The Carolina Panthers have been in the middle of a number of big deals already in the past month. Let’s take a look at some of the key ones – other than the Bashaud Breeland “deal/no deal” that I discuss in a separate column. In each case, I will give you a comment from Panthers general Marty Hurney about the transaction and then my own analysis about the move.
On losing Andrew Norwell
The former Panthers guard had the best year of his career at exactly the right time in 2017. Ranked the No. 4 free agent at any position by ESPN, Norwell signed a massive, five-year, $66.5-million deal with Jacksonville to become the highest-paid offensive guard in the league.
Hurney: “Nobody wanted to lose Andrew Norwell. He’s a terrific player. ... But it was just not possible to keep him. I think it would have been very hard to pay what he was going to get in free agency, to pay him when we already have Trai Turner, who was paid (another large contract) at guard. I think that’s one thing we’re trying to do a good job at is not only different skill sets at each position group, but also that we distribute our salary cap dollars among the position groups.”
My analysis: The Panthers were only going to pay big money to one guard, and they made their decision last July when Hurney became interim GM (replacing the fired Dave Gettleman) and immediately signed Turner to a contract that was slightly cheaper than the one Norwell got.
On losing Star Lotulelei
The Panthers’ first-round draft pick in 2013, Lotulelei was a steady, run-stuffing presence as a defensive tackle for Carolina for the past five seasons. Ranked the No. 9 free agent at any position by ESPN, Lotulelei ended up going to Buffalo for five years and $50 million.
Hurney: “Obviously anytime you lose a player like Star – you hate to lose any of those guys. But when he got the deal with Buffalo, we decided we were going to go in another direction.”
My analysis: Lotulelei only missed three games in five years and freed up Luke Kuechly to make a lot of tackles. With that said, he has never been the disruptive pass-rushing force that Kawann Short is. I think the Panthers would have taken Lotulelei back, but not at the price Buffalo was paying.
On signing Dontari Poe
Once Lotulelei left, the Panthers quickly signed Dontari Poe – a defensive tackle who has played for Kansas City and Atlanta and will play much the same role that Lotulelei did for Carolina. Poe signed a reported three-year, $28-million deal.
Hurney: “We were very excited to get Dontari. We feel like he is an excellent fit for our defensive line.”
My analysis: Hurney wouldn’t say it, but I will – Poe has a chance to be better and certainly more disruptive in the pass rush than Lotulelei was. This could work out really well, assuming Poe stays healthy.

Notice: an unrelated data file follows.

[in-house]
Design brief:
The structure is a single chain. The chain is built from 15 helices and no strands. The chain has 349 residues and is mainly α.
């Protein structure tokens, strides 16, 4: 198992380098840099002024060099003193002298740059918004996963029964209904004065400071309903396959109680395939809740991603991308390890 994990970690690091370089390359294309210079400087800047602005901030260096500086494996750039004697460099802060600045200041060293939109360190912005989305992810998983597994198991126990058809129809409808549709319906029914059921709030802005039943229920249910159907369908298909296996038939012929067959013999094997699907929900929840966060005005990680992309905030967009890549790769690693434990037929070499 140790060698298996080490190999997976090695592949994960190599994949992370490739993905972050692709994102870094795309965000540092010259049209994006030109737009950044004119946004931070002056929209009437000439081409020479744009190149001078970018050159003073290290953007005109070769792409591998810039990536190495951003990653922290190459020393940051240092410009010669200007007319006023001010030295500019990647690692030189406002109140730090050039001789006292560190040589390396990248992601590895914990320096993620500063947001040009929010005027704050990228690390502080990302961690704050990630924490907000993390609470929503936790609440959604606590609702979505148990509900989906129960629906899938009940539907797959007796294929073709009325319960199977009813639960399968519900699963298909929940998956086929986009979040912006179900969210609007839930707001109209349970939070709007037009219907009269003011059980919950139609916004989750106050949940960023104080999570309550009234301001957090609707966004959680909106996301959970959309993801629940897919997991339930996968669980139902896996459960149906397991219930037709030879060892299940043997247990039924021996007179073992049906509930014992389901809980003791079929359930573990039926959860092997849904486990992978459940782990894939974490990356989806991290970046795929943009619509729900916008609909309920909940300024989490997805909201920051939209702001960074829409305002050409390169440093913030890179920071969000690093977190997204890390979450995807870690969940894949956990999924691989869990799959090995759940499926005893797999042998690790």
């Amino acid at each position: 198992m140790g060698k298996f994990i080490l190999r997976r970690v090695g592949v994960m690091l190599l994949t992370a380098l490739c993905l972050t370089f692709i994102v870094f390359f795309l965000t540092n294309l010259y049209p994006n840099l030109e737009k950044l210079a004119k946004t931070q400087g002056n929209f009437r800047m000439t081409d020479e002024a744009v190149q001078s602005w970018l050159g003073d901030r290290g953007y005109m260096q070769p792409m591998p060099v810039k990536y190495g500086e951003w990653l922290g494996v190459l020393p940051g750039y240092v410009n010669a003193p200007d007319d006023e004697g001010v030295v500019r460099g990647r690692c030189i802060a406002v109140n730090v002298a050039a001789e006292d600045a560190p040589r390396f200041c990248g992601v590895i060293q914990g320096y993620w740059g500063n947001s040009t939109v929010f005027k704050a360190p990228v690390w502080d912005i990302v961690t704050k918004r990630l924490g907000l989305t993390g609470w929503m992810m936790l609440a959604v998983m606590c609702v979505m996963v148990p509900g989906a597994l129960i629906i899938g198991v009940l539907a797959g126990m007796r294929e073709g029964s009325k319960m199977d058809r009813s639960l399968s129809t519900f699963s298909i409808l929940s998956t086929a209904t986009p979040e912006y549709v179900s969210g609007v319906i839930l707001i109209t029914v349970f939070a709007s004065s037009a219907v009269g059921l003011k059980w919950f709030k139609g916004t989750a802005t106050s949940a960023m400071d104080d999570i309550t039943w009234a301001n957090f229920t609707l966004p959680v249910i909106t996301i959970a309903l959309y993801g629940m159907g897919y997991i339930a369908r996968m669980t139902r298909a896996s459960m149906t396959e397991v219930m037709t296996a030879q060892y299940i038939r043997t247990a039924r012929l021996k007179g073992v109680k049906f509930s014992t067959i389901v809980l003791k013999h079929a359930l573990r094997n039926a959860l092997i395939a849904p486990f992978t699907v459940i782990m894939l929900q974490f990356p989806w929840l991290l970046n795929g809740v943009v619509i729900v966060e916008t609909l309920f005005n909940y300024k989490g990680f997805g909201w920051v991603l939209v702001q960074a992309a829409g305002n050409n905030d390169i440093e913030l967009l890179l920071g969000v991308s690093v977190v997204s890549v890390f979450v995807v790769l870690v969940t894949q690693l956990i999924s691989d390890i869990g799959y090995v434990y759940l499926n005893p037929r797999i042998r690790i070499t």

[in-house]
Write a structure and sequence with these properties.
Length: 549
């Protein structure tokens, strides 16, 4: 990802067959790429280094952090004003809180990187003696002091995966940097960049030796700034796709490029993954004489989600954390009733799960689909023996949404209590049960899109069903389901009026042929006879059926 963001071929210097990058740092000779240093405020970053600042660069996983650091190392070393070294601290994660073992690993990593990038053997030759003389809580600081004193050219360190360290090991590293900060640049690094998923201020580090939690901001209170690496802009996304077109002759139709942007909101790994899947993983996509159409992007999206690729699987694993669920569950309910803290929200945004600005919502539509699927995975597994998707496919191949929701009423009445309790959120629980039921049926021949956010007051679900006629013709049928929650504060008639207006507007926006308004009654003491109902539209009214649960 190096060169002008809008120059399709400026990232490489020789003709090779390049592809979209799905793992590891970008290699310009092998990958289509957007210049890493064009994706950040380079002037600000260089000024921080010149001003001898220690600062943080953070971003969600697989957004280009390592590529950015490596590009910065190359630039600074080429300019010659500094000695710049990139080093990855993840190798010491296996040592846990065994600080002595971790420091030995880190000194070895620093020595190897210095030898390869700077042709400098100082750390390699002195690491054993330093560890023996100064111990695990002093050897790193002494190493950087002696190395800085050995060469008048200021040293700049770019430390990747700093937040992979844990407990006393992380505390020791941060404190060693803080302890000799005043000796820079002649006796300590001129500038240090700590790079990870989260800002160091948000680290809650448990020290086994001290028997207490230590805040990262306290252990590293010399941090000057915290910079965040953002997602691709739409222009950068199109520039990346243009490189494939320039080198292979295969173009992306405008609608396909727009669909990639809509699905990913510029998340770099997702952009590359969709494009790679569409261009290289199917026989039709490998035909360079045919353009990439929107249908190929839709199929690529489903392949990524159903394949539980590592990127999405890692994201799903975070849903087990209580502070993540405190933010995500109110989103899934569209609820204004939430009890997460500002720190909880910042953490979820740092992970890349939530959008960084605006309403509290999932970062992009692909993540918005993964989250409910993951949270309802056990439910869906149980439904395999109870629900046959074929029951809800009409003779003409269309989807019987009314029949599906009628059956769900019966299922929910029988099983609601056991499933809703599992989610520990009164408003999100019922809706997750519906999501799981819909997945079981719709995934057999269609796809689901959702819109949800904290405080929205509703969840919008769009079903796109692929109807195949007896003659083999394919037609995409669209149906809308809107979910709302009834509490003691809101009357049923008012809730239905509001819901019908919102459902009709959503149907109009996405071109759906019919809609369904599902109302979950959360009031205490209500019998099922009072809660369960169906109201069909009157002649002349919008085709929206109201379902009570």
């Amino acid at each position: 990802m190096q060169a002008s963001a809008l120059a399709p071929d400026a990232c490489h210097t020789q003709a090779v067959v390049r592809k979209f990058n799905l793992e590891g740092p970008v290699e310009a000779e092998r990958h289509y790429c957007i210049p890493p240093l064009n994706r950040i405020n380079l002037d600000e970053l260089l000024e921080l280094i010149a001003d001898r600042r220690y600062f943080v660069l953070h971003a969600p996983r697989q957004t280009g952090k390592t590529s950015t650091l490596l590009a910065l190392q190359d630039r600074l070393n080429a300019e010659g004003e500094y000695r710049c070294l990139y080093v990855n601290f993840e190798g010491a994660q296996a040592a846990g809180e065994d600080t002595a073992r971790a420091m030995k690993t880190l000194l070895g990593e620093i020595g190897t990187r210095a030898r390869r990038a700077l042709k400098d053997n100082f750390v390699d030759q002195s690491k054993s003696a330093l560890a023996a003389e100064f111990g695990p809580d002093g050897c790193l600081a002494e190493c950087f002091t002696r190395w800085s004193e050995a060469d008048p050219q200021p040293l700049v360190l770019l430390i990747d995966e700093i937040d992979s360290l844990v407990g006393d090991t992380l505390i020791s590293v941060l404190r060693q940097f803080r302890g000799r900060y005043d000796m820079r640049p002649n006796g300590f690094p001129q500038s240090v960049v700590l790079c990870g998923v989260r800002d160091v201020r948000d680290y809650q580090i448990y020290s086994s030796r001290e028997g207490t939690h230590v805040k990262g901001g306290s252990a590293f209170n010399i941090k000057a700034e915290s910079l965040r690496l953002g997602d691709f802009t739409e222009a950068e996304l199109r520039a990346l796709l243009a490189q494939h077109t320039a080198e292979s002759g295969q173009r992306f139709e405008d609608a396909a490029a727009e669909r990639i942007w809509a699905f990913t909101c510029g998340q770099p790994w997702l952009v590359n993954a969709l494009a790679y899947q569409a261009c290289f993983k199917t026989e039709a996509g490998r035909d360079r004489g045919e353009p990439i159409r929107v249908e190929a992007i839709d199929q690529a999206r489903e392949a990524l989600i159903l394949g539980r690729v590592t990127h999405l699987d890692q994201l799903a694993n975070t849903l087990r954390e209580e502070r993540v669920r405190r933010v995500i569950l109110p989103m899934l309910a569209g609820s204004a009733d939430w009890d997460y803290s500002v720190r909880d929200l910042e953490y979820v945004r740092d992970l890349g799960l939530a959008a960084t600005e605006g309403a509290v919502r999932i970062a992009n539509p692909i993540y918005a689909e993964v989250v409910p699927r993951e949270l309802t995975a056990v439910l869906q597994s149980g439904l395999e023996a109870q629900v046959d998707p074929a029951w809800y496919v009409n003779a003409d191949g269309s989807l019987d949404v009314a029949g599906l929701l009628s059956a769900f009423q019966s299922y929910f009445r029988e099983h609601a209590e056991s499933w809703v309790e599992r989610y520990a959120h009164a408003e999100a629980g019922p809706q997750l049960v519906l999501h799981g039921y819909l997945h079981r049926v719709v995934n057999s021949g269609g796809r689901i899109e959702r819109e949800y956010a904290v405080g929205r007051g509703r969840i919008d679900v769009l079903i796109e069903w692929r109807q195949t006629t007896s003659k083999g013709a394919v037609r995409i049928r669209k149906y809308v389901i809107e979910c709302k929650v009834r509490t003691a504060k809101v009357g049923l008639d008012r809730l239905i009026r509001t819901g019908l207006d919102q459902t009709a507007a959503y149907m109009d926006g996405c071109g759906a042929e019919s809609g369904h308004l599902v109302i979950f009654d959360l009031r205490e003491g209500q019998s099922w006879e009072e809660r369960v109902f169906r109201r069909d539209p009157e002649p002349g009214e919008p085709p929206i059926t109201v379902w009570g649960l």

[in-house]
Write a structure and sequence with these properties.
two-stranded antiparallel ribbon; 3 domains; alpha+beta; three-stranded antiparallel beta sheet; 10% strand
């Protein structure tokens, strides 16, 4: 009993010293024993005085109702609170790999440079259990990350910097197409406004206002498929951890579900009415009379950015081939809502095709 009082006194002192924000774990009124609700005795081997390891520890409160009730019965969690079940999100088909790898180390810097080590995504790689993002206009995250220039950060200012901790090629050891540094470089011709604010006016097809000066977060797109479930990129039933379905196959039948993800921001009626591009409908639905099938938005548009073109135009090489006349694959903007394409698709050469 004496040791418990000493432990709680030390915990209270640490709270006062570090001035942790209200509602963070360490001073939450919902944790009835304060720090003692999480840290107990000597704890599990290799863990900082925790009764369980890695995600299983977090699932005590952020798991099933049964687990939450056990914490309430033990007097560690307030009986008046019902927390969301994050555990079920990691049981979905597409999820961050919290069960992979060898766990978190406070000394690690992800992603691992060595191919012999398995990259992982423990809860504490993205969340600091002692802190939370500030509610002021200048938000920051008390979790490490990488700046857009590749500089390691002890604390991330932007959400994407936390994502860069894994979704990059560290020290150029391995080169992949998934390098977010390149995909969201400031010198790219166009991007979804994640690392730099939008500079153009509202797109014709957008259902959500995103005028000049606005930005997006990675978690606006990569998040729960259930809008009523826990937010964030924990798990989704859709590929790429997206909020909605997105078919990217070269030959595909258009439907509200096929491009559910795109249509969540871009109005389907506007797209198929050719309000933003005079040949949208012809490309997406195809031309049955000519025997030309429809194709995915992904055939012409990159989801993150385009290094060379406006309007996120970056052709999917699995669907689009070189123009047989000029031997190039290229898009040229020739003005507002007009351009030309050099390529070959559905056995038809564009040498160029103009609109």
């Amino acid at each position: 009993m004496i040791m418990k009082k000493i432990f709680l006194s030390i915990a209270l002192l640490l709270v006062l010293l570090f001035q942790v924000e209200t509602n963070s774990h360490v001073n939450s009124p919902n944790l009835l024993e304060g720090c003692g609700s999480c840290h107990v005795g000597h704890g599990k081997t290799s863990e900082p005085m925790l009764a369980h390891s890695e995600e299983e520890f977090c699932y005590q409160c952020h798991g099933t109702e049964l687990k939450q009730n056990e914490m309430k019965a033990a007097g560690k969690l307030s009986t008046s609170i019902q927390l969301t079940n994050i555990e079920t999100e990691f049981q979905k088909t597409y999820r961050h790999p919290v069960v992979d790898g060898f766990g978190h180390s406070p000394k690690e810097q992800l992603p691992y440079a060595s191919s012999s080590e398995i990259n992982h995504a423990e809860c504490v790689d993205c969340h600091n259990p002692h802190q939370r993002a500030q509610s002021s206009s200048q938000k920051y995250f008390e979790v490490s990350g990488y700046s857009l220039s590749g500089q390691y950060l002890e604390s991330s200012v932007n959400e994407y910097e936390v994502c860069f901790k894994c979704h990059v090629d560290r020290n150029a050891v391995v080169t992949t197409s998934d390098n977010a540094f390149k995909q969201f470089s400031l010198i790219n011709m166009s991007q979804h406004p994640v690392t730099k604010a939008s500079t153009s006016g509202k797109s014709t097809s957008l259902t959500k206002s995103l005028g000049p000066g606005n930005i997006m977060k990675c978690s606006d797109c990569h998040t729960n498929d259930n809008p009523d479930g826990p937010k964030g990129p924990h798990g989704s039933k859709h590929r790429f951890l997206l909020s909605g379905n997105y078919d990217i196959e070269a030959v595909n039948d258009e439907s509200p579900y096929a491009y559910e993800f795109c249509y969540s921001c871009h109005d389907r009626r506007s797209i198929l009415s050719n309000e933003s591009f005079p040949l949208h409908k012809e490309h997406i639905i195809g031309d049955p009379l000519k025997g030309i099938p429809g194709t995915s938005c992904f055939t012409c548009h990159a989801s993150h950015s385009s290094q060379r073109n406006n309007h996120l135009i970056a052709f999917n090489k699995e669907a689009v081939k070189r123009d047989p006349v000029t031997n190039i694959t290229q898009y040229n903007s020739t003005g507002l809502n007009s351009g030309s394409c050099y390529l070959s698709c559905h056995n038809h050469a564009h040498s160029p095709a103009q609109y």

On trading Daryl Worley for Torrey Smith
Hurney sent cornerback Daryl Worley, who had started 25 games over his first two NFL seasons with mixed results, to Super Bowl champion Philadelphia in return for Smith. The Panthers are now obligated to cover Smith’s previous contract, which will pay him $5 million a season in 2018 and 2019.
Hurney: “Obviously we were looking for veteran help at wide receiver. Torrey stretches the field and is a great locker-room guy. He will fit in great and be a leader in the wide receiver room. He’s got Super Bowl rings and he’s that vertical presence we’ve been looking for. He comes in and helps us right away.”
My analysis: Hurney would say hardly anything about Worley, but it was obvious as often as the coaches benched or rotated Worley last season that the team believed it needed an upgrade at the position. Worley just wasn’t around the ball enough.
Smith’s contract seems high for a guy with modest numbers last season (36 catches, 430 yards) – although a whole lot of wideouts have gotten rich in this free-agency period and Smith was productive in the playoffs. I think the Panthers considered Sammy Watkins, Marqise Lee and Paul Richardson, but ultimately decided each player would be overpriced.
On re-signing Graham Gano
Gano, the placekicker who had a Pro Bowl season in 2017, signed a four-year, $17 million extension with Carolina earlier this month.
Hurney: “I can’t remember a kicker having as impressive a season as Graham had last year. ... That was pretty much a no-brainer.”
My analysis: If Carolina wanted a cheaper alternative, it would have kept Harrison Butker. Since that ship sailed long ago, I would have re-signed Gano, too.
On signing Jarius Wright
This is the veteran slot receiver the Panthers believe they need, given that Curtis Samuel had such an injury-plagued rookie year. Once nicknamed “Mr. Third Down” by former Minnesota teammate Stefon Diggs, Wright also has the advantage of playing in a Norv Turner offense in Minnesota.
Hurney: “Jarius has a knack at getting open. He has very good hands. He can play the slot and knows Norv Turner’s offense. He should provide a very steadying influence for us.”
My analysis: The Panthers want Wright to become a slightly faster version of Jerricho Cotchery -- which the Panthers believe he can be. If he is, then the money is well-spent. If not, it isn't.